Abstract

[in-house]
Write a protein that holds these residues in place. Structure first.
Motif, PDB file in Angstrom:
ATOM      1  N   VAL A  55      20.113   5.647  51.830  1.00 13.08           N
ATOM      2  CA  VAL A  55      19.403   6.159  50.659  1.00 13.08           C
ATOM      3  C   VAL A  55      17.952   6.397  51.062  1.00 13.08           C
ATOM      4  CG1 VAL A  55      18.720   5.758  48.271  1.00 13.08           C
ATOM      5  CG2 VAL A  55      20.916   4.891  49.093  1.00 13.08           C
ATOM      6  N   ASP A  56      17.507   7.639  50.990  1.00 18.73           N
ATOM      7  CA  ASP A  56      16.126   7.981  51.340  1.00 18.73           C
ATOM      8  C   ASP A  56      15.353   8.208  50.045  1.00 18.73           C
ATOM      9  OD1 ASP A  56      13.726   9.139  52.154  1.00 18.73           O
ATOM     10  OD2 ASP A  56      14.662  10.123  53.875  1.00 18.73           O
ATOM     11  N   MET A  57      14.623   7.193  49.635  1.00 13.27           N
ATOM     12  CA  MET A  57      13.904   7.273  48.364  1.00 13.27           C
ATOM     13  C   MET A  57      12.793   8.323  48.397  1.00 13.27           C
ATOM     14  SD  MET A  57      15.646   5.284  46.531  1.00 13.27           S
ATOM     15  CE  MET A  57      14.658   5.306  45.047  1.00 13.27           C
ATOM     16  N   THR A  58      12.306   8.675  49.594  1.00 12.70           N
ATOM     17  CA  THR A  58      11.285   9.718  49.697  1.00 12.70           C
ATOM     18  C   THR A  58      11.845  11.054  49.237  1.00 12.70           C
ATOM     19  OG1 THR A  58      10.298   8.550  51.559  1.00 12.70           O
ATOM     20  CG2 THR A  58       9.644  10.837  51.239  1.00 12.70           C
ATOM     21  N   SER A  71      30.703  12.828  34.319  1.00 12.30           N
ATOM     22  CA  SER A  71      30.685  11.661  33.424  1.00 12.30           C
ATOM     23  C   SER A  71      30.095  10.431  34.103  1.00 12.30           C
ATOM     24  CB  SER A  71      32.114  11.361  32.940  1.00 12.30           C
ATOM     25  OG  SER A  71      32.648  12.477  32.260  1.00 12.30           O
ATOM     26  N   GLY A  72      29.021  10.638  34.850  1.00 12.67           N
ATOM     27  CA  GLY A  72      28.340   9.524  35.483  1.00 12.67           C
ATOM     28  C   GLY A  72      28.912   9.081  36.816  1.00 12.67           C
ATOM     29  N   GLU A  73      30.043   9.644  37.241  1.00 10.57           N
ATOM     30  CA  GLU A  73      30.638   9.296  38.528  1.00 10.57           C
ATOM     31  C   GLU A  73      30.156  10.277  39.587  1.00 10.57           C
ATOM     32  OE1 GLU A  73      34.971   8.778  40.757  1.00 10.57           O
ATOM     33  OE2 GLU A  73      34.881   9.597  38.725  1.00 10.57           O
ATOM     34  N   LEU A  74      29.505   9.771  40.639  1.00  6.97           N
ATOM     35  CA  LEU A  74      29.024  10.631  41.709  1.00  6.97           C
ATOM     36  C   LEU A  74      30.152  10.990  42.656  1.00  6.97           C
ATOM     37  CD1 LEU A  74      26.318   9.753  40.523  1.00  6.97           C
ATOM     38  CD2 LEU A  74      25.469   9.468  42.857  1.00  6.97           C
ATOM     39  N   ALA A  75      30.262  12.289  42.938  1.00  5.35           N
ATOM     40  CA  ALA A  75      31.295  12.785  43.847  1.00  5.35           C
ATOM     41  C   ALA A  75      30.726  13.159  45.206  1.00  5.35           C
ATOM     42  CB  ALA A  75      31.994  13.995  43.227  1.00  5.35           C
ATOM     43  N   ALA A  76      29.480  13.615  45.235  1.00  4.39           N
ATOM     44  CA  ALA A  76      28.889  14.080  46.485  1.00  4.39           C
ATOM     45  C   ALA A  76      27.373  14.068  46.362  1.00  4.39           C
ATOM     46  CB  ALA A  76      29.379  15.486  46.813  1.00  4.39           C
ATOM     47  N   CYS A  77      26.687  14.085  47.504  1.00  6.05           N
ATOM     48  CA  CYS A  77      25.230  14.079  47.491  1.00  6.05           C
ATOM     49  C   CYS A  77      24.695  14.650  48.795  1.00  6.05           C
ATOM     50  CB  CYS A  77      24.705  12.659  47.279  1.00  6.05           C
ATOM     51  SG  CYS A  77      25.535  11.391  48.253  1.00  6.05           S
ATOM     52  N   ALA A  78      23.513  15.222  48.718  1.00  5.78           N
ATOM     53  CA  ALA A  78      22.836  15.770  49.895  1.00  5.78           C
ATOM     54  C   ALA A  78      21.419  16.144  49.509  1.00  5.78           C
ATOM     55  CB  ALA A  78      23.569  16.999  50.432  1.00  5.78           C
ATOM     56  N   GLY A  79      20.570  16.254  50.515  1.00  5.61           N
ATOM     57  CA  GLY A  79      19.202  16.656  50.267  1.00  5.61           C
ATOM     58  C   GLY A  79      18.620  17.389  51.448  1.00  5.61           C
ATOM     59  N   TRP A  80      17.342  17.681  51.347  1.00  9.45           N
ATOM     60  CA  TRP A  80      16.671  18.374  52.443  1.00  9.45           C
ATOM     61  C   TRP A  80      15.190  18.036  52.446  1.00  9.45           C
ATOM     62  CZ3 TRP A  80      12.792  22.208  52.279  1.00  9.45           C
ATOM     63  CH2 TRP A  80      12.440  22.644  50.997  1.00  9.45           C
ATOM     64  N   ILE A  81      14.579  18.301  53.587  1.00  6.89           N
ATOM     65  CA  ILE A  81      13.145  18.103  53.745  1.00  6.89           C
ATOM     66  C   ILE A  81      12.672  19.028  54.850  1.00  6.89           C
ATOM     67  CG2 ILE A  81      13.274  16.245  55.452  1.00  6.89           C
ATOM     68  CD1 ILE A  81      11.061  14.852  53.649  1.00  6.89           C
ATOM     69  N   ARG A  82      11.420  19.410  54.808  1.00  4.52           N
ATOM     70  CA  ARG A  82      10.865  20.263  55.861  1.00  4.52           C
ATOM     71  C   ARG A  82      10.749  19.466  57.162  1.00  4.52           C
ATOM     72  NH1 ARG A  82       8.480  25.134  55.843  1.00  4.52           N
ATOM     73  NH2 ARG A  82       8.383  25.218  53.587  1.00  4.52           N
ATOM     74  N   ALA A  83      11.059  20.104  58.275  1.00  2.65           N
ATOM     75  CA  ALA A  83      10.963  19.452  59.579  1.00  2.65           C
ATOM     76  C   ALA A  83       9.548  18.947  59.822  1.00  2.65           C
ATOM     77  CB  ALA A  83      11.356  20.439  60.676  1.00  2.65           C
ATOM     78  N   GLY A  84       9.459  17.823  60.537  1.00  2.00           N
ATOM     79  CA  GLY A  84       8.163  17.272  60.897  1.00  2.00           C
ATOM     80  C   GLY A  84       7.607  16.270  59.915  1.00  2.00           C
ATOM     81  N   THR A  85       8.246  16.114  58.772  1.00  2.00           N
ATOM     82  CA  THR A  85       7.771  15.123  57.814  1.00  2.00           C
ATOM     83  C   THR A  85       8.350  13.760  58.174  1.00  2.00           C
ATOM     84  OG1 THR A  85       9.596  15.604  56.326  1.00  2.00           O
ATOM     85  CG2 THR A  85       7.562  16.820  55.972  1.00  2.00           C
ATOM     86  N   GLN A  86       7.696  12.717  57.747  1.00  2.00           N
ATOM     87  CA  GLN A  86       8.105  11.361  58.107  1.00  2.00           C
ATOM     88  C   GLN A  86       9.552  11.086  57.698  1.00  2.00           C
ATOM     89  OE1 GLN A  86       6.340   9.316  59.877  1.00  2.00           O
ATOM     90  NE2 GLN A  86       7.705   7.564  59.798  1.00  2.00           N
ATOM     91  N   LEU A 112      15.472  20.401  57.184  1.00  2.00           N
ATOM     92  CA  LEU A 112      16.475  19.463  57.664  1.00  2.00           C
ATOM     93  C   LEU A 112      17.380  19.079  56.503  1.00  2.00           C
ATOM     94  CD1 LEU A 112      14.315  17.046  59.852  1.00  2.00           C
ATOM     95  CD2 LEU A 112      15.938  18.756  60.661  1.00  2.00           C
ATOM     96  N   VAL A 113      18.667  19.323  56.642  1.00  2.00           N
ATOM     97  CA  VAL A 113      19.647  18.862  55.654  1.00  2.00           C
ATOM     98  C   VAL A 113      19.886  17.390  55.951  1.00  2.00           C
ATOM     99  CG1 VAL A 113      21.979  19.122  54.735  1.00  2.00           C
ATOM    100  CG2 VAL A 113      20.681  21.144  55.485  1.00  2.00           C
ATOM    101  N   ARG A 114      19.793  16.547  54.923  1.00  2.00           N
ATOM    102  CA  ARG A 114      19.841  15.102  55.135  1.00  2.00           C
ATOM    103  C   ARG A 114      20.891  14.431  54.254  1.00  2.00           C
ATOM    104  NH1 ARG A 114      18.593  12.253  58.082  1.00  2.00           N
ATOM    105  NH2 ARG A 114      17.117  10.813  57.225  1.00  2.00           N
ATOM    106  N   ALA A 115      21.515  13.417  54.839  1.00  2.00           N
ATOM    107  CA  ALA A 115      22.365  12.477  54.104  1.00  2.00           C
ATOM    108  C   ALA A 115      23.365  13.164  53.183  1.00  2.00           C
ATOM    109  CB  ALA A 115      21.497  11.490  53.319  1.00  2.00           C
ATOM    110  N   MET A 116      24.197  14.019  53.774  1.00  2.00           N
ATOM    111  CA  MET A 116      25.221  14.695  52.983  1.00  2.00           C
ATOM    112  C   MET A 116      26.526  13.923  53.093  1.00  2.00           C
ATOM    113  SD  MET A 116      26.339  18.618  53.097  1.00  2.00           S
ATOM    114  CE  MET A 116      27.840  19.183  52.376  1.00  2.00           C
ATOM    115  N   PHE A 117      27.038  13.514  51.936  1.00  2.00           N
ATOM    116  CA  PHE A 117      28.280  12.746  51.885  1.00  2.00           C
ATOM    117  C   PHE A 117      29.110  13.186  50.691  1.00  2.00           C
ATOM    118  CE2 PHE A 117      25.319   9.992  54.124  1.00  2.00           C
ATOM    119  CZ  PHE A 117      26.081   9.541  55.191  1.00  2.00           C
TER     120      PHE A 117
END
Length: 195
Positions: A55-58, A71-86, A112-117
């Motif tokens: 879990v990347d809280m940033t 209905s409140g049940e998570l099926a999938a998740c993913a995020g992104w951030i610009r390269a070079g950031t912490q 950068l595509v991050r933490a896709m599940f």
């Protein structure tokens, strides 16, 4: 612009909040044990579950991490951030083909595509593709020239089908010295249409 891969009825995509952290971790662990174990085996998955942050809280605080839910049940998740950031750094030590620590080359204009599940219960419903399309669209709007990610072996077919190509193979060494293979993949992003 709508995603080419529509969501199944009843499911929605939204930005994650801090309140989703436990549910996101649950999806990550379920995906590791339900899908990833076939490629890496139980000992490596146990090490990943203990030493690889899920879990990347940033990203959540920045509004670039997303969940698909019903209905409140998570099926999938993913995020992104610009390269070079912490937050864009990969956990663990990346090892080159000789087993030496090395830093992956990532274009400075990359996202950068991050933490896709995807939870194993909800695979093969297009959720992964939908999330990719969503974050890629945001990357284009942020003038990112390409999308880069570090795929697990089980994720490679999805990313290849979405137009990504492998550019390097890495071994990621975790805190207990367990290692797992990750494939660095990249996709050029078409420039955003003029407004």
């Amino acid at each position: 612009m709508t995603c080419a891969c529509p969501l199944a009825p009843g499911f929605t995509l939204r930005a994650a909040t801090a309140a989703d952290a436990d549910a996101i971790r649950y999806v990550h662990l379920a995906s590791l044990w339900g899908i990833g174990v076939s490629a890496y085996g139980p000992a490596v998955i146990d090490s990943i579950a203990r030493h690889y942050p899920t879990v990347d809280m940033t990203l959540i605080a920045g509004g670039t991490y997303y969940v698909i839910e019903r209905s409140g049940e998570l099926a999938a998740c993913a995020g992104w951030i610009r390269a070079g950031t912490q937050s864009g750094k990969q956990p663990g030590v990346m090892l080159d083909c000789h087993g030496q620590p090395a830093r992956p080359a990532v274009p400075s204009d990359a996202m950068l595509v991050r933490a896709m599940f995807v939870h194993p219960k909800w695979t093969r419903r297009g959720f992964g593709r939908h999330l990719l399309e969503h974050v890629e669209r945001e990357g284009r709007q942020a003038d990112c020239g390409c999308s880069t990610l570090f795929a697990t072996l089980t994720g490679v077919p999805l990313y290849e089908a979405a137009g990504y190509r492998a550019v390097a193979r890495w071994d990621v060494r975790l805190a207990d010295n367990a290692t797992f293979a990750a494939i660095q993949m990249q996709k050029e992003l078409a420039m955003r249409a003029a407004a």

The Sicilian Channel is a broad and shallow shelf which is geologically part of the African Plate. Its NW sector (the Adventure Plateau), where water depths rarely exceed 100 m, is punctuated by several kilometre-sized morphological highs. These elevations, formed by both sedimentary and volcanic rocks, emerged around middle Holocene time or earlier when they constituted a large archipelago. High-resolution single-channel and multichannel seismic reflection profiles, along with stratigraphic and lithological information derived from exploration wells and rock samplings, are analysed to derive the shallow and deep structural setting of these banks and identify their geological nature. The sedimentary banks (Talbot, Ante-Talbot, Panope, Nereo and Pantelleria Vecchia), presently located at water depths 8–40 m, are composed of Miocene rocks severely deformed by a late Miocene compressional phase which produced the external sector of the Sicilian–Maghrebian thrust belt. Tortonian-aged rock samples from the Pantelleria Vecchia Bank represent patch reefs that have mostly formed on structural highs. Sedimentary analogies suggest that other sedimentary banks of the Adventure Plateau may have the same origin. Galatea, Anfitrite and Tetide represent submarine volcanic edifices emplaced on major extensional faults formed during early Pliocene – Quaternary continental rifting of the Sicilian Channel. The present-day morphology of the banks is the result of repeated phases of subaerial exposure and drowning, especially since the Last Glacial Maximum.

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